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Mahabharata : Vana Parva Part 5

The sto­ry of Parashu­ra­ma and Kar­tavir­yarju­na Now, there lives a very pow­er­ful war­rior called Kar­tavir­yarju­na, of the Hai­haiya clan. He has many sons. He is called the thou­sand-armed. He has a thou­sand arms and nobody can defeat him. It is said of him that he even defeat­ed Ravana. Kar­tavir­yarju­na is so pow­er­ful that he has defeat­ed every­body on earth and he is the lord of the earth, and hence, he has grown arro­gant. His sons too, have grown arro­gant. Every­where he goes, Kar­tavir­yarju­na treats every­one con­de­scend­ing­ly. He does not respect the brah­manas, he does not respect the devas, and he does not even respect the rishis. He has no respect for any­body because he is extreme­ly pow­er­ful. Hence he needs to be taught a les­son. Des­tiny arranges this. It is decid­ed that Bhar­ga­va Rama would do away with him.

The sto­ry of Bhar­ga­va Rama’s birth goes like this. Rama’s father is the great rishi Jamadag­ni, whose father is Rishi Richi­ka. Richi­ka mar­ries Satyavati(not to be con­fused with Satya­vati, the wife of Shan­tanu) and Richika’s grand­fa­ther, Mahar­ishi Bhrigu, appears and bless­es their mar­riage. Satya­vati serves Bhrigu very faith­ful­ly and hence Bhrigu is pleased. He gives her a boon. Satya­vati says, “Let my moth­er and I have excep­tion­al sons. “Bhrigu says, “So be it. “ On a par­tic­u­lar day, Bhrigu tells her, “I have pre­pared this payasam. You and your moth­er should have it. You should tie the knot to a fig tree and your moth­er should tie the knot to a peep­ul tree”. A fig tree, Ash­wattha, is asso­ci­at­ed with spir­i­tu­al sci­ences. It is an extreme­ly reli­gious tree, while a peep­ul tree is sup­posed to be a rul­ing tree, a king­ly tree. Such an instruc­tion is giv­en by Bhrigu because Satyavati’s moth­er desires that a pow­er­ful ksha­triya be born to her, while Satya­vati wish­es for a very reli­gious, pious son.

But, as per the poor advice of her moth­er, they exchange their instruc­tions. When Bhrigu comes to know of this, Satya­vati asks for his par­don. Bhrigu says, “You have mis­used what I had giv­en you. Hence, you shall have a son who is excep­tion­al­ly raja­si­ca, a ksha­triya , a ruler of men. And your moth­er will have a saint of a man. “ Satya­vati does not want this, because her hus­band is a great rishi. She does not want a ksha­triya to be born to her. What will the world think of her? So she begs of Bhrigu, “Let my son be a very pious per­son and let the son of my son be a war­rior, an awe­some war­rior”. Bhrigu says, “So be it. “And hence, Satya­vati gives birth to Jamadag­ni, who is an extreme­ly pious per­son, although he is a mas­ter of all sci­ences, includ­ing the sci­ence of war and weapons.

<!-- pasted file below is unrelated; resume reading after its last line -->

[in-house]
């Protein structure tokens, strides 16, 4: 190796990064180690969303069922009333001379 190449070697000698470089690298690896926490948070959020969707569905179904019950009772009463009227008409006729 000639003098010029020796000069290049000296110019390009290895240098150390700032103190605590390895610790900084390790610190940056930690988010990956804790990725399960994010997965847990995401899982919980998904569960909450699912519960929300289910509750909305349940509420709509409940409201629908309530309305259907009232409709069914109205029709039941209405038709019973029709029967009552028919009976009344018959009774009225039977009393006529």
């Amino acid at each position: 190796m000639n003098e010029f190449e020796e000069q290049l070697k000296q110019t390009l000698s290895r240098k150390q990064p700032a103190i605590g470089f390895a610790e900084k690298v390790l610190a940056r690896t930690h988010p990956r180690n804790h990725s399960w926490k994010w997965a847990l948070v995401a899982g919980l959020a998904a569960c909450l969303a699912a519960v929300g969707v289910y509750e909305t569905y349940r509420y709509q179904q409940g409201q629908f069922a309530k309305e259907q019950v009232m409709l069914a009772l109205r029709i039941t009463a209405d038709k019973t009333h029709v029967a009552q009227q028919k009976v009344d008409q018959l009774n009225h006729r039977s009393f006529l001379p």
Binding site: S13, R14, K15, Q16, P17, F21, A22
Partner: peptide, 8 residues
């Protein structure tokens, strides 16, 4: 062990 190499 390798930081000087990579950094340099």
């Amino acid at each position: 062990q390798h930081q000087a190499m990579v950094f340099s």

Jamadag­ni mar­ries Renu­ka, and they have five chil­dren, the fifth one being Para­sur­a­ma, or sim­ply called Rama. He is also called Bhar­ga­va Rama, because he is born in the line of Bhrigu, and hence is a Bhar­ga­va, a descen­dant of Bhrigu. Bhar­ga­va Rama is dif­fer­ent from Dasharatha Rama-the great Rama, the hero of Ramayana. Yet, both are incar­na­tions of Lord Vish­nu. ’Rama ‘ is one who attracts all beings, who delights all beings. Many peo­ple are bored because they can­not delight in their own Self. That is why Dasharatha Rama is also called Atma Rama, because he was a per­son who delight­ed with­in Him­self-in his own Atma. So a delight­ful being is called Rama. Even Bhar­ga­va Rama is a delight­ful per­son, but he is also excep­tion­al­ly pow­er­ful.

Now, once on a time, the sons of Kar­tavid­yarju­na come to the kut­ti­ra of Jamadag­ni while he is med­i­tat­ing. He is on a penance. Though he can defend him­self, they defeat him and kill him. They do this because they feel slight­ed by Renu­ka, the moth­er of Bhar­ga­va Rama. This is due to their arro­gance, and also, because their time has come. It is des­tiny, this was des­tined to hap­pen.